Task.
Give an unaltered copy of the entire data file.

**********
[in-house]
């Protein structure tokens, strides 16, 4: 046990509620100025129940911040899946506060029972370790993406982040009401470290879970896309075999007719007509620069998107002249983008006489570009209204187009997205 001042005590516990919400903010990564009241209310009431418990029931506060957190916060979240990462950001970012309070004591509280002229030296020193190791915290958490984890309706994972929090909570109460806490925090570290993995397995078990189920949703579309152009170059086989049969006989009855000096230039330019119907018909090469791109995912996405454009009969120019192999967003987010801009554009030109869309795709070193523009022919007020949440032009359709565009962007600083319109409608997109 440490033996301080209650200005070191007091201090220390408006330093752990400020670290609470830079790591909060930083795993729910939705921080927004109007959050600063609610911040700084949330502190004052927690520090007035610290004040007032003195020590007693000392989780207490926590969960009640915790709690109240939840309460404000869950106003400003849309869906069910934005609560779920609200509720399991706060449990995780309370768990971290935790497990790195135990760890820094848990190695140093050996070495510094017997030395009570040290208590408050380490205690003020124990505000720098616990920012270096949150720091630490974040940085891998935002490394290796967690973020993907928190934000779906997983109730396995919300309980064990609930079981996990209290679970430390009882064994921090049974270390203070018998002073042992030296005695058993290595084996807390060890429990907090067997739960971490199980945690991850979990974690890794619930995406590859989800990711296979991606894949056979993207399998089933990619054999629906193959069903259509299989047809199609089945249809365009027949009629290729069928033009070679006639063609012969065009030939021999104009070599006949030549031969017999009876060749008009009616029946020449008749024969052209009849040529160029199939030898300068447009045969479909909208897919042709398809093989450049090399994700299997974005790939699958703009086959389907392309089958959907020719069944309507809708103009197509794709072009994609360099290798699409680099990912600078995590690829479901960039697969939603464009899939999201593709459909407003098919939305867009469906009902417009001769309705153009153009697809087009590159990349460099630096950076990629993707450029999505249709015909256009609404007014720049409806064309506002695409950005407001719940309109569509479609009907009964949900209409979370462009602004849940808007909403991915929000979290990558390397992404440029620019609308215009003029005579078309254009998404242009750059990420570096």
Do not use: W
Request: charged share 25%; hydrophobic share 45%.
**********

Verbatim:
[in-house]
């Protein structure tokens, strides 16, 4: 046990509620100025129940911040899946506060029972370790993406982040009401470290879970896309075999007719007509620069998107002249983008006489570009209204187009997205 001042005590516990919400903010990564009241209310009431418990029931506060957190916060979240990462950001970012309070004591509280002229030296020193190791915290958490984890309706994972929090909570109460806490925090570290993995397995078990189920949703579309152009170059086989049969006989009855000096230039330019119907018909090469791109995912996405454009009969120019192999967003987010801009554009030109869309795709070193523009022919007020949440032009359709565009962007600083319109409608997109 440490033996301080209650200005070191007091201090220390408006330093752990400020670290609470830079790591909060930083795993729910939705921080927004109007959050600063609610911040700084949330502190004052927690520090007035610290004040007032003195020590007693000392989780207490926590969960009640915790709690109240939840309460404000869950106003400003849309869906069910934005609560779920609200509720399991706060449990995780309370768990971290935790497990790195135990760890820094848990190695140093050996070495510094017997030395009570040290208590408050380490205690003020124990505000720098616990920012270096949150720091630490974040940085891998935002490394290796967690973020993907928190934000779906997983109730396995919300309980064990609930079981996990209290679970430390009882064994921090049974270390203070018998002073042992030296005695058993290595084996807390060890429990907090067997739960971490199980945690991850979990974690890794619930995406590859989800990711296979991606894949056979993207399998089933990619054999629906193959069903259509299989047809199609089945249809365009027949009629290729069928033009070679006639063609012969065009030939021999104009070599006949030549031969017999009876060749008009009616029946020449008749024969052209009849040529160029199939030898300068447009045969479909909208897919042709398809093989450049090399994700299997974005790939699958703009086959389907392309089958959907020719069944309507809708103009197509794709072009994609360099290798699409680099990912600078995590690829479901960039697969939603464009899939999201593709459909407003098919939305867009469906009902417009001769309705153009153009697809087009590159990349460099630096950076990629993707450029999505249709015909256009609404007014720049409806064309506002695409950005407001719940309109569509479609009907009964949900209409979370462009602004849940808007909403991915929000979290990558390397992404440029620019609308215009003029005579078309254009998404242009750059990420570096």
Do not use: W
Request: charged share 25%; hydrophobic share 45%.